“We first saw the material dating from 2013 to 2016 when it was published this morning,” Terhune said in the statement. “Although we are just beginning to fully review all that it includes, we share the outrage that has been expressed today. The kind of vulgar and offensive language used and behavior described in these reports contradicts the stated values of our community and is in direct violation of our policies.”

After the publications ran their stories on the documents, students pressed administrators to ban the fraternities but were unsuccessful, Goldberg said. She said that she has been trying for her nearly four years at Swarthmore, since her assault, to work with college leaders to oust the groups, but officials resisted those efforts and she was passed around from administrator to administrator with no answers.

Last spring, President Valerie Smith appointed a committee of students, professors and staffers, the Task Force on Student Social Events and Community Standards, that would eventually make recommendations on Greek life.

The group initially told Smith that the college should no longer lease houses to Phi Psi or the other fraternity, Delta Upsilon, a suggestion that Smith declined to follow. She said in September that “existing policies” could cover any misconduct that could arise out of the fraternities. Phi Psi came under fire in 2013 for a recruitment advertisement that featured naked women and was suspended in 2016 for violating the college's alcohol policy. It resumed campus parties in February 2018.

The task force will meet again this week and then deliver the recommendations and a report on Greek life, which the college will make public, Smith said to students.

In the interim, Smith has nixed all fraternity activities until an investigation into the documents is complete. The investigation is being led by an “external investigator,” Smith said in a statement Saturday, the day the sit-in began. Anskis did not answer questions about who the investigator is or how much the college paid for the consultation.

Swat Team, a group of students who help monitor events with alcohol and flag rule violations, refused to staff fraternity parties while their members "still hold position of power," the organization said in a statement.

"Swat Team leadership cannot, in good conscience, staff a fraternity party while these cycles of violence are ongoing. We call for Swarthmore College to immediately and permanently revoke the fraternity leases," the members wrote.

About 50 students, many affiliated with the student activist group Organizing for Survivors, started the sit-in on the house Saturday afternoon, but the number has since swelled to more than 100 students, who intend to remain there for the foreseeable future, Goldberg said. Swarthmore enrolls a little more than 1,600 students. The organizers also put together a petition asking for alumni to no longer donate until Swarthmore had removed the fraternities; the petition has more than 560 signatures from graduates.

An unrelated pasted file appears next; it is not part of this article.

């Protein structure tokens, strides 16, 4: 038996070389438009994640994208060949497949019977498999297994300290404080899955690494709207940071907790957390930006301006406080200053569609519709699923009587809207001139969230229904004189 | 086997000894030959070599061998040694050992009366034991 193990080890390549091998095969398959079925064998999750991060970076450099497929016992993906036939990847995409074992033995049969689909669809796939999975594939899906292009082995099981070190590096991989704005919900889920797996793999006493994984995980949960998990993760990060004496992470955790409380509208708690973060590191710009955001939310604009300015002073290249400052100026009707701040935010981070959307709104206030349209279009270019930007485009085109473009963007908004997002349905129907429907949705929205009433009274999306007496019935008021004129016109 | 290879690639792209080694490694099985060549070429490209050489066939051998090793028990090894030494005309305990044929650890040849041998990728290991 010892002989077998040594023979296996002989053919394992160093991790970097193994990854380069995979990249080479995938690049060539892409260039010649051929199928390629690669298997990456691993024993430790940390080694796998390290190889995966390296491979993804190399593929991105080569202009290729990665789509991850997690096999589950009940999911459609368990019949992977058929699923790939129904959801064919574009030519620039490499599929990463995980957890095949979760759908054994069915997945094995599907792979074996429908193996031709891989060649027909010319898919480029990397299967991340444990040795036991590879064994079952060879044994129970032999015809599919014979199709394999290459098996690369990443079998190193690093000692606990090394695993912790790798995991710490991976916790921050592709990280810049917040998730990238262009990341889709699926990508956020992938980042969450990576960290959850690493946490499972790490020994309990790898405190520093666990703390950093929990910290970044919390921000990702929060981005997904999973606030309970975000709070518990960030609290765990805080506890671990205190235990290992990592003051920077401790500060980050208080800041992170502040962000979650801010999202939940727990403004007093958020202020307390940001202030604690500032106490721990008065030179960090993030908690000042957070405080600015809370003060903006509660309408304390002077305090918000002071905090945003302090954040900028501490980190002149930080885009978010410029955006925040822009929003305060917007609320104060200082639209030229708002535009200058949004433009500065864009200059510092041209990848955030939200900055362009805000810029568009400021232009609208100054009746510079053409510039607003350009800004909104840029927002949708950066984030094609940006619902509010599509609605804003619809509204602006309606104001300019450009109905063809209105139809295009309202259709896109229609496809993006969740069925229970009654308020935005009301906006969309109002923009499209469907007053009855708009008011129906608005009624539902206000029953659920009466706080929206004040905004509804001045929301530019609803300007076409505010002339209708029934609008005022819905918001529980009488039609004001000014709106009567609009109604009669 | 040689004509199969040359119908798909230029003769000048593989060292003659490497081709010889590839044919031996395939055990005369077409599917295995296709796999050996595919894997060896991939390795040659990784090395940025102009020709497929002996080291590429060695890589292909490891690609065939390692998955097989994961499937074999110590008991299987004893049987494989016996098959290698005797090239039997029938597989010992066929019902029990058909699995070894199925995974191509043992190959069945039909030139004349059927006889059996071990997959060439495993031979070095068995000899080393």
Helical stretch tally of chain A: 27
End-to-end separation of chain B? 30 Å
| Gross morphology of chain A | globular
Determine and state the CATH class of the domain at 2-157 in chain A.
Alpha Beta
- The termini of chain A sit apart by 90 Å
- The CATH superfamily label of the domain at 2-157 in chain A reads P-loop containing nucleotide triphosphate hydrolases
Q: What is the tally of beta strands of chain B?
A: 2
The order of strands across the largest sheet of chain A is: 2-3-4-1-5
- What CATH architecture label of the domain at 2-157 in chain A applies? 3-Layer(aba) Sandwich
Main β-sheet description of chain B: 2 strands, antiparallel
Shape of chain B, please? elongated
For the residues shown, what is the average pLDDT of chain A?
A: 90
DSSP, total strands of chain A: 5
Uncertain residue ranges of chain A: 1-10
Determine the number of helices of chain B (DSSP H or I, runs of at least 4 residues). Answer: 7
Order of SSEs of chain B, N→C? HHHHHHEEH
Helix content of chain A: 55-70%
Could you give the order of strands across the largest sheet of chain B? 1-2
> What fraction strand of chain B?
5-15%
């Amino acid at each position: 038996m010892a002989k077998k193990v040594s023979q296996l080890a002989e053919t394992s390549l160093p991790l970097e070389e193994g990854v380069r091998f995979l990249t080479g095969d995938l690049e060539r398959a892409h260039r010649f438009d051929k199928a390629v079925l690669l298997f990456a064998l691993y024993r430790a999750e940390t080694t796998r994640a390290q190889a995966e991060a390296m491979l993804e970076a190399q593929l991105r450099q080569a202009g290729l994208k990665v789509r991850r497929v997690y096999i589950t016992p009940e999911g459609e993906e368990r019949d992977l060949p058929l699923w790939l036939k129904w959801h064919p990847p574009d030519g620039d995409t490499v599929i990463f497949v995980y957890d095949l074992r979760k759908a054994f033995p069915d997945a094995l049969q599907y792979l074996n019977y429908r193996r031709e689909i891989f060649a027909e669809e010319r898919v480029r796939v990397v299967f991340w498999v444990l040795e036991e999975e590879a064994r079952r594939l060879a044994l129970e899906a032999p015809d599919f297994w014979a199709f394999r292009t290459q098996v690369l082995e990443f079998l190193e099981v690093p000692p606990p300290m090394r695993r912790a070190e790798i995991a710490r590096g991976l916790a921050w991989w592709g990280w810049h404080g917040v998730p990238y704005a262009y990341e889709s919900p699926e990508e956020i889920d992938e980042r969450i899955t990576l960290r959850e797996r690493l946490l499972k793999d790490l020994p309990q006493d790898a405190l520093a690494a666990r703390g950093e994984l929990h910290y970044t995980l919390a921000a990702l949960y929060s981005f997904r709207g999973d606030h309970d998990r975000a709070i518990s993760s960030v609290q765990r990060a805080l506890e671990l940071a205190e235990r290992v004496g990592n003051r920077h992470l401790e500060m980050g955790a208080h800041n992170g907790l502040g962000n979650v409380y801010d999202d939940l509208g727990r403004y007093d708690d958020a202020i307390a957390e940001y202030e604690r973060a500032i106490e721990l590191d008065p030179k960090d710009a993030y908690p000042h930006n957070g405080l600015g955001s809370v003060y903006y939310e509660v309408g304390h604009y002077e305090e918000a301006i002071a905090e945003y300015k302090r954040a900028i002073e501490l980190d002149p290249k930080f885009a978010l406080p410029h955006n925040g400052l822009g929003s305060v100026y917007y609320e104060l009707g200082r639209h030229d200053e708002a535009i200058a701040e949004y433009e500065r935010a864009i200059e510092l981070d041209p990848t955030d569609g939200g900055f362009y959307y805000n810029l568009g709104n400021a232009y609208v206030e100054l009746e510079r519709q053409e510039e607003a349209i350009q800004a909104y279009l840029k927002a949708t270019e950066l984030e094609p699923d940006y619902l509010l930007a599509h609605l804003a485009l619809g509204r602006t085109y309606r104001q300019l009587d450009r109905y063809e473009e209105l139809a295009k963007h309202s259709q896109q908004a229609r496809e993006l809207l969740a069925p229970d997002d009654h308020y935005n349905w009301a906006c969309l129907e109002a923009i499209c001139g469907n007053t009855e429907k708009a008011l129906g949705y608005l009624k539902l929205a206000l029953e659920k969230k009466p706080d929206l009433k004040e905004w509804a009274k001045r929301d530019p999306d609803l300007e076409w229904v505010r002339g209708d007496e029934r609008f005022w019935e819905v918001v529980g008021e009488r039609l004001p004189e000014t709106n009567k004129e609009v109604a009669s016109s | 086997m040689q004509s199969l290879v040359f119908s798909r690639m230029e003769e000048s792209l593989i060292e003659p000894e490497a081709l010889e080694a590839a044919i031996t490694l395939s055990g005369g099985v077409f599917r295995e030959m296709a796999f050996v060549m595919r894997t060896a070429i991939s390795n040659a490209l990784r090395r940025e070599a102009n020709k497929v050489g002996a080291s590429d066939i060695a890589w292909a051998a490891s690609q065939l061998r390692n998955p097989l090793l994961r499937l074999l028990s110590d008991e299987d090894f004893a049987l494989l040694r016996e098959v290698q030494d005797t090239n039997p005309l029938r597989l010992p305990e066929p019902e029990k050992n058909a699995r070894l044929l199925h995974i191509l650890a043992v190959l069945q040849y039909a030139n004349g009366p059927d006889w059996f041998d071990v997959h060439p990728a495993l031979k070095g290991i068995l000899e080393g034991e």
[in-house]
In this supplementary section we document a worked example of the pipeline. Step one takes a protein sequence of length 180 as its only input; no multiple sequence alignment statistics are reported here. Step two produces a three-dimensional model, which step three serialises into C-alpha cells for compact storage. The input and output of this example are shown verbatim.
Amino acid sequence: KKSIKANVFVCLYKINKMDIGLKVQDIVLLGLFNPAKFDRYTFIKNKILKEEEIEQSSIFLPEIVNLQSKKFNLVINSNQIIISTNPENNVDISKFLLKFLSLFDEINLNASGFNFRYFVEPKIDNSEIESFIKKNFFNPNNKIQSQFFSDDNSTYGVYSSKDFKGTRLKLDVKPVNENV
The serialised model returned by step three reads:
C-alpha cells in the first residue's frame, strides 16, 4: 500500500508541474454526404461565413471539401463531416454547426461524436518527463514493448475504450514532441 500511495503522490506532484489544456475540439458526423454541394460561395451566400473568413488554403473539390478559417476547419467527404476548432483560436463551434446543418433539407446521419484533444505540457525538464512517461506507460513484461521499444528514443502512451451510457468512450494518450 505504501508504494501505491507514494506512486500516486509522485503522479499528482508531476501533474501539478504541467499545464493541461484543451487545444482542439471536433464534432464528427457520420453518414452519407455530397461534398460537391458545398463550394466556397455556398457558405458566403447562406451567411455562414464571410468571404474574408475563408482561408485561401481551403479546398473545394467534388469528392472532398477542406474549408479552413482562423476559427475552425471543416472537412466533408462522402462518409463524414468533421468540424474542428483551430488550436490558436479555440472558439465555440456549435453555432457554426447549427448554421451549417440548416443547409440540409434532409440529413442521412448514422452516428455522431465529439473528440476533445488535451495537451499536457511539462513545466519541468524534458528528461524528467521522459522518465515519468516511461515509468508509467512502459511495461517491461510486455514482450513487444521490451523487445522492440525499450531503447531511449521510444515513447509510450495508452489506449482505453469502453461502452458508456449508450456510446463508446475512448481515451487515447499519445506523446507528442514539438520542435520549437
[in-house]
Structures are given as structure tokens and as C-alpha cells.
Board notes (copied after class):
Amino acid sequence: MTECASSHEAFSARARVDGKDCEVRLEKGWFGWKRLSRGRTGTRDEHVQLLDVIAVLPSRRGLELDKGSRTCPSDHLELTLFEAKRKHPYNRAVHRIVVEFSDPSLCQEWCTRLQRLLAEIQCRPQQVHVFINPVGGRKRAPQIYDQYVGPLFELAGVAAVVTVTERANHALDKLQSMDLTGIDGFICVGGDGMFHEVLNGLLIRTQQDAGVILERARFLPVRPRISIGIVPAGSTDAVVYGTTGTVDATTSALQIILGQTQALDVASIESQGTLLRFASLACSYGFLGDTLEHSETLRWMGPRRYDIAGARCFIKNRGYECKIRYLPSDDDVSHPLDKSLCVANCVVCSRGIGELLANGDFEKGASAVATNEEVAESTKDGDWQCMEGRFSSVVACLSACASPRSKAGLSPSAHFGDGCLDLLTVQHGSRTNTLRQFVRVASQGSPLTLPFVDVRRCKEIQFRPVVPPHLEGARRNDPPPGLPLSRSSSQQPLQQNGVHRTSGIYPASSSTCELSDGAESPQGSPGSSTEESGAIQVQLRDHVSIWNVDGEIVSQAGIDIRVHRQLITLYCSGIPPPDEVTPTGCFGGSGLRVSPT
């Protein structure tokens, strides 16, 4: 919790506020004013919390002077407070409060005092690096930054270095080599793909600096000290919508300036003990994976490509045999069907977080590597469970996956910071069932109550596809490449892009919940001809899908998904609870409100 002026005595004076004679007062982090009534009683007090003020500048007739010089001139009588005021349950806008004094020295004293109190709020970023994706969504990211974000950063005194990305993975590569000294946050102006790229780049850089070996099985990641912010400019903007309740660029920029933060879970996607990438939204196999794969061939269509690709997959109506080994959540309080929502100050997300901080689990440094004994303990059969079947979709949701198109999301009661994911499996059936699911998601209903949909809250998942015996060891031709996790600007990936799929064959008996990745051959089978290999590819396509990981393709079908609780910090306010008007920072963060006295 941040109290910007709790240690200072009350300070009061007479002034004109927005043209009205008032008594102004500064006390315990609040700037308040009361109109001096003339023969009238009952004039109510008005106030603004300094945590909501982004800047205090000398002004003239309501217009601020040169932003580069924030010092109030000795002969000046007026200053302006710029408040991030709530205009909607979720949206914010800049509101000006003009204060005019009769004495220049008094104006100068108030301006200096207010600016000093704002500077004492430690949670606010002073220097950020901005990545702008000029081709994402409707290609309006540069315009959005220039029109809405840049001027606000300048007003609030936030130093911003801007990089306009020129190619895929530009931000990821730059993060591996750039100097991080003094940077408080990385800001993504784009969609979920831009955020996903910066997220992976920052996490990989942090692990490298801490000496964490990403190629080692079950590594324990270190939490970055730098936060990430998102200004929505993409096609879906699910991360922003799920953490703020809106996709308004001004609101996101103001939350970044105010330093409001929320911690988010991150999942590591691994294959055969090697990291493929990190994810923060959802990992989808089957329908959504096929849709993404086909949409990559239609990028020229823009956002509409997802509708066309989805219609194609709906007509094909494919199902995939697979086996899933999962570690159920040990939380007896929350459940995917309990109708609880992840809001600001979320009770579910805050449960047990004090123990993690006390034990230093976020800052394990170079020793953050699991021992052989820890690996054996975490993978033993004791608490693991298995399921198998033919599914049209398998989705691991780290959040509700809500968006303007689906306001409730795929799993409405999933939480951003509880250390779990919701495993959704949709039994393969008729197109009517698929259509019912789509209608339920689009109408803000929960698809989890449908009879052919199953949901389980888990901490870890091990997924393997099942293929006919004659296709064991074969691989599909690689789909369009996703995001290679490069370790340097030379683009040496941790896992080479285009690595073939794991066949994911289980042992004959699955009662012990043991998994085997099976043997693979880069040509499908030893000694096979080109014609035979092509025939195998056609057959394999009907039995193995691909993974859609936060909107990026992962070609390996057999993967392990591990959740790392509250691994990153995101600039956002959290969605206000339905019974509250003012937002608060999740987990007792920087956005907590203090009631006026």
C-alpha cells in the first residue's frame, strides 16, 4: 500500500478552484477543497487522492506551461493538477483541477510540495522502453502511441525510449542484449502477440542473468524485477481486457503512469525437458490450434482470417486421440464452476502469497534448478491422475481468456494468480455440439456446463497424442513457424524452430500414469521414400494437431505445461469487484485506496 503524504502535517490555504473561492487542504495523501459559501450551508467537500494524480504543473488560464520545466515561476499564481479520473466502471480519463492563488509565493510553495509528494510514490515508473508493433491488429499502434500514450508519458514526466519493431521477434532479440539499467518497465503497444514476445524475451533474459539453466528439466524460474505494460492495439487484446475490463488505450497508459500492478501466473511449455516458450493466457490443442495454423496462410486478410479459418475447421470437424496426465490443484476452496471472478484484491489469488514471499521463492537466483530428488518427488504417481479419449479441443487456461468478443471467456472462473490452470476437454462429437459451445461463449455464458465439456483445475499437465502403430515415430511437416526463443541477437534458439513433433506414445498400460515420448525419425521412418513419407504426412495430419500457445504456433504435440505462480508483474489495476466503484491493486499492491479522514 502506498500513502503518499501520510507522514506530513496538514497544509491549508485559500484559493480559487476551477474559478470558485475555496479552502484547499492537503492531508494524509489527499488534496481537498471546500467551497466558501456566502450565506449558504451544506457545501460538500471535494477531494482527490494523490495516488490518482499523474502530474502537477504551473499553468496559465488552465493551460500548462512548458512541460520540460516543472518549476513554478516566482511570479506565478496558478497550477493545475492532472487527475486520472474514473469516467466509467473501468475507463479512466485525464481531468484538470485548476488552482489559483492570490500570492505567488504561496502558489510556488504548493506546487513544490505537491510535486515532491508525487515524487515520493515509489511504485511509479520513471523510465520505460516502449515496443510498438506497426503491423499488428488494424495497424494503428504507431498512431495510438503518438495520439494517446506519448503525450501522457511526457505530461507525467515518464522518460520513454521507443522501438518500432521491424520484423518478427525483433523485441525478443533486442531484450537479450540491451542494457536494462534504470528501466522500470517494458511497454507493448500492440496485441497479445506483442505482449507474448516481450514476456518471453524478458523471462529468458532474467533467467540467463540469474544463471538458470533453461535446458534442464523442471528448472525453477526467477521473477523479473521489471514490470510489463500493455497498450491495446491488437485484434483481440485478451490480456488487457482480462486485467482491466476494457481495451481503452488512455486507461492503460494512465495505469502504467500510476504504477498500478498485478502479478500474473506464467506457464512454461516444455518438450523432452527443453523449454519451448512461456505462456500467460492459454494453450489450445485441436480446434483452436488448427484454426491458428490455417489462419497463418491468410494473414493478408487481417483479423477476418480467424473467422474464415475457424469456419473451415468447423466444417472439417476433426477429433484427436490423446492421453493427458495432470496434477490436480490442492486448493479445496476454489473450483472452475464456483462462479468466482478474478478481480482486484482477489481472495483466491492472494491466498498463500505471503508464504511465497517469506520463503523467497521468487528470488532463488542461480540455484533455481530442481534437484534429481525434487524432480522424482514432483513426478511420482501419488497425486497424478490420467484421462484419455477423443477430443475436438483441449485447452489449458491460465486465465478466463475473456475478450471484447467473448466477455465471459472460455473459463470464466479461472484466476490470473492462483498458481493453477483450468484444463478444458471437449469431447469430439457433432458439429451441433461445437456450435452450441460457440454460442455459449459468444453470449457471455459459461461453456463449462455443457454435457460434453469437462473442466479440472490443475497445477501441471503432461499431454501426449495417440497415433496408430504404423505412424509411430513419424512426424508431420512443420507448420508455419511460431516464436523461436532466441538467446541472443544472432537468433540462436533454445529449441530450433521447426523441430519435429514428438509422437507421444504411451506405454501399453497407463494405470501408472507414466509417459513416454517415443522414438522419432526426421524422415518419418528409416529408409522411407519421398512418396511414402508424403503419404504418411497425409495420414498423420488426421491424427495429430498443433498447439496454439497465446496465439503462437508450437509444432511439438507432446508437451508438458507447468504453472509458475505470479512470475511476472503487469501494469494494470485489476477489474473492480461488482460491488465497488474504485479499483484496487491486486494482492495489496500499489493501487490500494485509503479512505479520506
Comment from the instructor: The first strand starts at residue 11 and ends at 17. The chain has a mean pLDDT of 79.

The activists have pitched tents both in the yard around the house and inside it. The building is not a traditional large-scale fraternity house -- its main floor is open and is akin to a dance floor for parties, and it has a basement and a single bedroom upstairs. The students leading the protest have hung banners that read, “This is our house” and “Decades of violence behind this door.”

Only one fraternity member lives in the house, and the protesters worked with local police to allow him inside to retrieve his belongings, Goldberg said. Police, unaffiliated with the campus, have been called on students multiple times, but Anskis said no one has been arrested. Goldberg said that students told police they would not damage the property.

As a part of the students’ demands, the student would be asked to move out of the house, and it and its Delta Upsilon counterpart would be converted into buildings to be used by marginalized students, including those on campus who have been “victims” of the fraternities, Goldberg said.

Goldberg said that the fraternity members have historically been vicious toward students of color and gay students. Attitudes about the fraternities have shifted over the years, with more students becoming attuned to their misbehavior, Goldberg said, but she also added that the fraternities essentially offer the only form of social life with their parties.

“There has been a pattern of misconduct and a blatant refusal to hold them accountable,” Goldberg said of the fraternities.

Students with Organizing for Survivors have taken to confronting administrators, among them Smith and Nathan Miller, the associate dean for student life, whose office students attempted to barge into when he declined to answer their questions on the fraternities.